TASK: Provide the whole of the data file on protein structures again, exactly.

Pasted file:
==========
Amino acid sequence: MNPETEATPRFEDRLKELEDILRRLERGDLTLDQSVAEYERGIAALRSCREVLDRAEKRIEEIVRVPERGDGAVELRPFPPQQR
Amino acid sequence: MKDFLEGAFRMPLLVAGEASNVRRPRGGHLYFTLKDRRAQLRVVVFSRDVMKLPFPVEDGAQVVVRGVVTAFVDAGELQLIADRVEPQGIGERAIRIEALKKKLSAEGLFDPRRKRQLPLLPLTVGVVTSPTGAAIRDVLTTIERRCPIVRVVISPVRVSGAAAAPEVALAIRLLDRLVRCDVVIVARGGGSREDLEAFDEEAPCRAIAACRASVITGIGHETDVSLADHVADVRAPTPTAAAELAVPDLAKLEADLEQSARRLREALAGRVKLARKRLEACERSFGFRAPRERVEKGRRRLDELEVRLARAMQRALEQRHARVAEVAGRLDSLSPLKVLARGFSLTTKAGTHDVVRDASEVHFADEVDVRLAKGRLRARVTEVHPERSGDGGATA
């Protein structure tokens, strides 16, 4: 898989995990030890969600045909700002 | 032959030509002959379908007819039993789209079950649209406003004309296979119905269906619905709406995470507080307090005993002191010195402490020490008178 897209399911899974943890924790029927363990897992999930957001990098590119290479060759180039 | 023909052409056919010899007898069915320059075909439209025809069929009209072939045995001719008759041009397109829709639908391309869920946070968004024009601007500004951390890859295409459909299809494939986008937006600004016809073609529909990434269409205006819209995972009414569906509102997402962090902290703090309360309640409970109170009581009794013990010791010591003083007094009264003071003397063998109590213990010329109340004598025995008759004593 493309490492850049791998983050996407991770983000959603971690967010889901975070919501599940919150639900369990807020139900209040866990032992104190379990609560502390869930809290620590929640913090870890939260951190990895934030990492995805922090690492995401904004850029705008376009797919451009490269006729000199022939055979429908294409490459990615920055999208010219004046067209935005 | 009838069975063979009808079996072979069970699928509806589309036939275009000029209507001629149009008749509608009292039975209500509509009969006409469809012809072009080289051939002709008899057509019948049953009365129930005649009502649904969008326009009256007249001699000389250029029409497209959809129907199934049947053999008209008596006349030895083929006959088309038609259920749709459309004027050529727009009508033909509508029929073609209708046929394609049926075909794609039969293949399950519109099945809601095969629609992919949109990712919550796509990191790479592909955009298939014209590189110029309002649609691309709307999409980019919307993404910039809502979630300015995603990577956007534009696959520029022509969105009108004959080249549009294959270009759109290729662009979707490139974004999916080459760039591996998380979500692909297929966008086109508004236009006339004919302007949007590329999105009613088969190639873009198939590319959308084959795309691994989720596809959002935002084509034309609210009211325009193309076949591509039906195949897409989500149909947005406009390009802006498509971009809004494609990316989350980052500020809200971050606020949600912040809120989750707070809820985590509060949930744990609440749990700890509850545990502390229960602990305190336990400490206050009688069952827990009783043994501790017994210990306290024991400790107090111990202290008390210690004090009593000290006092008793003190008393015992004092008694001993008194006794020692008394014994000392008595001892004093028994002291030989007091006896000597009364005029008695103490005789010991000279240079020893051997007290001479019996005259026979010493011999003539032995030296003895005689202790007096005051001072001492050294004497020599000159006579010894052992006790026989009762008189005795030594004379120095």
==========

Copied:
Amino acid sequence: MNPETEATPRFEDRLKELEDILRRLERGDLTLDQSVAEYERGIAALRSCREVLDRAEKRIEEIVRVPERGDGAVELRPFPPQQR
Amino acid sequence: MKDFLEGAFRMPLLVAGEASNVRRPRGGHLYFTLKDRRAQLRVVVFSRDVMKLPFPVEDGAQVVVRGVVTAFVDAGELQLIADRVEPQGIGERAIRIEALKKKLSAEGLFDPRRKRQLPLLPLTVGVVTSPTGAAIRDVLTTIERRCPIVRVVISPVRVSGAAAAPEVALAIRLLDRLVRCDVVIVARGGGSREDLEAFDEEAPCRAIAACRASVITGIGHETDVSLADHVADVRAPTPTAAAELAVPDLAKLEADLEQSARRLREALAGRVKLARKRLEACERSFGFRAPRERVEKGRRRLDELEVRLARAMQRALEQRHARVAEVAGRLDSLSPLKVLARGFSLTTKAGTHDVVRDASEVHFADEVDVRLAKGRLRARVTEVHPERSGDGGATA
């Protein structure tokens, strides 16, 4: 898989995990030890969600045909700002 | 032959030509002959379908007819039993789209079950649209406003004309296979119905269906619905709406995470507080307090005993002191010195402490020490008178 897209399911899974943890924790029927363990897992999930957001990098590119290479060759180039 | 023909052409056919010899007898069915320059075909439209025809069929009209072939045995001719008759041009397109829709639908391309869920946070968004024009601007500004951390890859295409459909299809494939986008937006600004016809073609529909990434269409205006819209995972009414569906509102997402962090902290703090309360309640409970109170009581009794013990010791010591003083007094009264003071003397063998109590213990010329109340004598025995008759004593 493309490492850049791998983050996407991770983000959603971690967010889901975070919501599940919150639900369990807020139900209040866990032992104190379990609560502390869930809290620590929640913090870890939260951190990895934030990492995805922090690492995401904004850029705008376009797919451009490269006729000199022939055979429908294409490459990615920055999208010219004046067209935005 | 009838069975063979009808079996072979069970699928509806589309036939275009000029209507001629149009008749509608009292039975209500509509009969006409469809012809072009080289051939002709008899057509019948049953009365129930005649009502649904969008326009009256007249001699000389250029029409497209959809129907199934049947053999008209008596006349030895083929006959088309038609259920749709459309004027050529727009009508033909509508029929073609209708046929394609049926075909794609039969293949399950519109099945809601095969629609992919949109990712919550796509990191790479592909955009298939014209590189110029309002649609691309709307999409980019919307993404910039809502979630300015995603990577956007534009696959520029022509969105009108004959080249549009294959270009759109290729662009979707490139974004999916080459760039591996998380979500692909297929966008086109508004236009006339004919302007949007590329999105009613088969190639873009198939590319959308084959795309691994989720596809959002935002084509034309609210009211325009193309076949591509039906195949897409989500149909947005406009390009802006498509971009809004494609990316989350980052500020809200971050606020949600912040809120989750707070809820985590509060949930744990609440749990700890509850545990502390229960602990305190336990400490206050009688069952827990009783043994501790017994210990306290024991400790107090111990202290008390210690004090009593000290006092008793003190008393015992004092008694001993008194006794020692008394014994000392008595001892004093028994002291030989007091006896000597009364005029008695103490005789010991000279240079020893051997007290001479019996005259026979010493011999003539032995030296003895005689202790007096005051001072001492050294004497020599000159006579010894052992006790026989009762008189005795030594004379120095």